Is there a legitimate role for the International Monetary Fund(IMF) in the post-Bretton Woods era? That question and others regardingthe future of the international monetary system were the focus of the CatoInstitute's 13th Annual Monetary Conference, "GlobalMonetary Order: What Next?" held in the F. A. HayekAuditorium, May 25.
The conference, directed by Cato vice president for academicaffairs James A. Dorn and cosponsored withthe Durell Institute, attracted over 150 participants and wascovered by the Wall Street Journal, The Economist, Dow Jones TV,and TV Azteca.
Allan H. Meltzer, one of the country's leading monetaryeconomists, opened the conference by calling for an end to theIMF. He pointed to the moral hazard created by the fund'sfinancial aid to Mexico and to ex-communist countries and warnedof the inflationary threat posed by Special Drawing Rights. Insteadof reforming the fund, Meltzer would abolish it so that it could nolonger redistribute wealth at taxpayers' expense.
Steve Hanke, a professor of economics at Johns HopkinsUniversity, called the IMF "an empty shell" — becausethe U.S. dollar is no longer convertible into gold, and thesystem of fixed exchange rates (which existed under the BrettonWoods agreement) has long since been replaced by a system of peggedexchange rates.
Judy Shelton, author of Money Meltdown, agreed that the IMFshould be abolished and argued that the Mexican bailoutdemonstrated that the fund has become "too politicized . . .to have credibility as an independent arbiter."
In sharp contrast were the views of John Williamson of theInstitute for International Economics and Stanley Fischer, first deputymanaging director at the IMF. Williamson called for increasingthe fund's resources, turning it into a "world bankruptcy court,"and having it determine "fundamental equilibrium exchangerates." Fischer, in an impromptu speech at the invitation of panelmoderator and deputy editor of The Economist Clive Crook,defended the role of the IMF on the grounds that "unfortunately, youneed someone to be around to help keep the situationrunning."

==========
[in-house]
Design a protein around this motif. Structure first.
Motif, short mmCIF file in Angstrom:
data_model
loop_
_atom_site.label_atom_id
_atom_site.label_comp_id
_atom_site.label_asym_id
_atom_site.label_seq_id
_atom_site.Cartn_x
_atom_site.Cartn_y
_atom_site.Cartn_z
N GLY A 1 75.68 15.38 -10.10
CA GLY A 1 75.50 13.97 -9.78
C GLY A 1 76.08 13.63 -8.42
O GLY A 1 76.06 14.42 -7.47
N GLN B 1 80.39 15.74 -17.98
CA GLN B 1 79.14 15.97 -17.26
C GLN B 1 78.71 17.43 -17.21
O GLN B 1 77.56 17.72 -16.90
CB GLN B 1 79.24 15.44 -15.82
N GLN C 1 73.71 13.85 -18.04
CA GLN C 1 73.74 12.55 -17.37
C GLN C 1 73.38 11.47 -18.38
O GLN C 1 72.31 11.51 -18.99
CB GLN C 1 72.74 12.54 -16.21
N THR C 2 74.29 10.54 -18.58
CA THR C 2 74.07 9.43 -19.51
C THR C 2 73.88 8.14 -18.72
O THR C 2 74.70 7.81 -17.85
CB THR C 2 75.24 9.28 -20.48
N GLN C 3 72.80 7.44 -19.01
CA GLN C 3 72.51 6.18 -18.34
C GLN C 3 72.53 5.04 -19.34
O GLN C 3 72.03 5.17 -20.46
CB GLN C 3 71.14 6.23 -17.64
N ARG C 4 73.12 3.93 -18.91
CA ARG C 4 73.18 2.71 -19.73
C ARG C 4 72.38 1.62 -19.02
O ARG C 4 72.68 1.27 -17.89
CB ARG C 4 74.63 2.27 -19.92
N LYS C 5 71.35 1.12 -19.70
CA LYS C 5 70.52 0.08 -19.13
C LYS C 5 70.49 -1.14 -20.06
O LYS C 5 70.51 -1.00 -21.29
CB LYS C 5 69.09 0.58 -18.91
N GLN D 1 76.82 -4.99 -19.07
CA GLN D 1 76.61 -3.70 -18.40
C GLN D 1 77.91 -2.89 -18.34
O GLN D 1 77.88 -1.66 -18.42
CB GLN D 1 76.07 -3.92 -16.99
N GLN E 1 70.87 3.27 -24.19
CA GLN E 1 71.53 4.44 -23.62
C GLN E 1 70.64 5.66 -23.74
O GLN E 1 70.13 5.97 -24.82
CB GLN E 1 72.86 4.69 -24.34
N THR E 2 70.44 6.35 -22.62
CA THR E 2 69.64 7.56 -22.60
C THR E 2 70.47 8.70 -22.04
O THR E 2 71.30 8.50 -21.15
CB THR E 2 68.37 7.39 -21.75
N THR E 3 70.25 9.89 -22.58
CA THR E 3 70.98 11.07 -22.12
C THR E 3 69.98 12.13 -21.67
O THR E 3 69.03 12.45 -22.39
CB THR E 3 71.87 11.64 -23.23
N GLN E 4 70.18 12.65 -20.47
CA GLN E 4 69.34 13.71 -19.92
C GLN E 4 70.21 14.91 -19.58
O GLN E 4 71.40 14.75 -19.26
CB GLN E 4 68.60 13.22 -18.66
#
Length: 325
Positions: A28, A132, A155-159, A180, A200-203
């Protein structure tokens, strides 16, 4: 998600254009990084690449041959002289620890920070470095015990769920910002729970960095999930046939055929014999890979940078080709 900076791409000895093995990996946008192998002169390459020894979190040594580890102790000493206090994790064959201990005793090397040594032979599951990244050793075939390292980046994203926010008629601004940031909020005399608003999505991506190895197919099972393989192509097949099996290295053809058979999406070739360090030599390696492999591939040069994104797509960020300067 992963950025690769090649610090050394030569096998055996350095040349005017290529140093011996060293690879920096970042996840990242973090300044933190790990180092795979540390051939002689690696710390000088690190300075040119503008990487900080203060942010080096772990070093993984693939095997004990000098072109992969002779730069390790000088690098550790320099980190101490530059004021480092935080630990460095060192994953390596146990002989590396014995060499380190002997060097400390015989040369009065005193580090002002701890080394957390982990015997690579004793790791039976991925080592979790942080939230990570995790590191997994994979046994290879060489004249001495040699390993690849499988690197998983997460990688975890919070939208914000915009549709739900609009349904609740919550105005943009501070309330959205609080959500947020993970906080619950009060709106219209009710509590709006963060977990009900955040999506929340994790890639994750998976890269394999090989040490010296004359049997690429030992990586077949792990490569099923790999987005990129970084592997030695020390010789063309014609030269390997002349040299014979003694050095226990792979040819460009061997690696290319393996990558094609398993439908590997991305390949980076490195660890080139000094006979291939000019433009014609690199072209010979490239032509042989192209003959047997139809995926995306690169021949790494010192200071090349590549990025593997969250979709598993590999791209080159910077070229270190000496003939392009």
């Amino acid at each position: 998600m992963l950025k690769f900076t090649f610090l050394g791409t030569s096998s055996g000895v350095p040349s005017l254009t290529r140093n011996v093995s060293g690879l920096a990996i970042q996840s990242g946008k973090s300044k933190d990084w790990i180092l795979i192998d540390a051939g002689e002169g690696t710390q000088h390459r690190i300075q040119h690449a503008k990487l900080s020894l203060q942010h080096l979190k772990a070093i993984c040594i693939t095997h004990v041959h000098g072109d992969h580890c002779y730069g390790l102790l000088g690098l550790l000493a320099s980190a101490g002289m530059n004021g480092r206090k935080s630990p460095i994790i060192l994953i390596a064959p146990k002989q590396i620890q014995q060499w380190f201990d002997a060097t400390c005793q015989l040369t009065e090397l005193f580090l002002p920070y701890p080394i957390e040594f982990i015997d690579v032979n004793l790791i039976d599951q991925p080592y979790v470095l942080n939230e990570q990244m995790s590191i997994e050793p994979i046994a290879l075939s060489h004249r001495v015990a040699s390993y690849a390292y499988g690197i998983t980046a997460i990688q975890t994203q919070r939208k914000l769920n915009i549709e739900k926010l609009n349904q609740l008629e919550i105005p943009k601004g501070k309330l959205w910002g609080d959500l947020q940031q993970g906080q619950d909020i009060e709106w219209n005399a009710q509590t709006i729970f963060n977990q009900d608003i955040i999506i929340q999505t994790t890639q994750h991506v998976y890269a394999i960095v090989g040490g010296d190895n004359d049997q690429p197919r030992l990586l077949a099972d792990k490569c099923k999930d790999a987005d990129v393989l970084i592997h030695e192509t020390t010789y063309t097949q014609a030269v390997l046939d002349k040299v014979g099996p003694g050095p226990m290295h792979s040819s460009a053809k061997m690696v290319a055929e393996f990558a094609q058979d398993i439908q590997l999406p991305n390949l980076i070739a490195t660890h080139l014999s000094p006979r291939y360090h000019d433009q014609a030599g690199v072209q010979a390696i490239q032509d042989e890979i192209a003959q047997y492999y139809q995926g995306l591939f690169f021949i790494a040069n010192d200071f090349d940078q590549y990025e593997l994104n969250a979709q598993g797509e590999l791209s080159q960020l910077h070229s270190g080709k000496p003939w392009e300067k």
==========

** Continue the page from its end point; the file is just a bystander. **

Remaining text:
In his closing remarks, Dorn contrasted what he called the"market-socialist" approach to global monetary order,advocated by those who favor expanding the scope and authority ofthe IMF, with Hayek's market- liberal approach. In the Hayekian approach,said Dorn, there is no pretense of knowledge, and individualshave a right to choose the monetary institutions they prefer.
The role of the IMF was not the only topic of discussion. Inanother panel, Anna J. Schwartz, from the National Bureau of EconomicResearch, questioned the legality of the Clinton administration'suse of the Exchange Stabilization Fund to bail out the holders ofMexican debt. In her view, "The $20 billion loan extended toMexico . . . is foreign aid, which otherwise requirescongressional appropriation." The Mexican crisis wascharacterized by Roberto Salinas-Leon, director of the Center forFree Enterprise Research in Mexico, as a "crisis ofconfidence" brought about by the Mexican government's discretionary approachto monetary and fiscal policy.
As an alternative to the discretionary approach, which hasbrought so much instability to the monetary system, Jerry L. Jordan,president and CEO of the Federal Reserve Bank of Cleveland,called for the spontaneous development of monetary standards."The notion that the best regime or the best standard can beCHOSEN," he said, "implies a great-man theory. . . . Analternative view is that the best regime and the best standard(if a standard is useful) should be allowed to evolve from free competitionin the market."
Cato adjunct scholar Leland B. Yeager dismissed the notionthat exchange-rate volatility depends on the exchange-rate system.In his opinion, volatility is a reflection of the very nature ofthe current national monetary regimes that are based on governmentfiat money and discretionary central banks. He suggested thatprivatization would be "a feasible route to sound money."
The conference concluded with a discussion of monetary unionand free trade. Sir Alan Walters, former economic adviser to MargaretThatcher, said that monetary unions do not necessarily create internal freetrade at the cost of external trade. And, given the Mexicanbailout following on the heels of the North American Free TradeAgreement, he also concluded that free-trade areas do not imply monetary union.
Other speakers included Owen Humpage of the Federal ReserveBank of Cleveland; Alan Stockman of the University of Rochester;Kevin Dowd, professor of financial economics, Sheffield Hallam University;George Selgin, Cato adjunct scholar and University of Georgiaeconomist; Barry Eichengreen, professor of economics at theUniversity of California at Berkeley; Richard Timberlake, emeritusprofessor of economics, University of Georgia; and Cato chairman William A. Niskanen.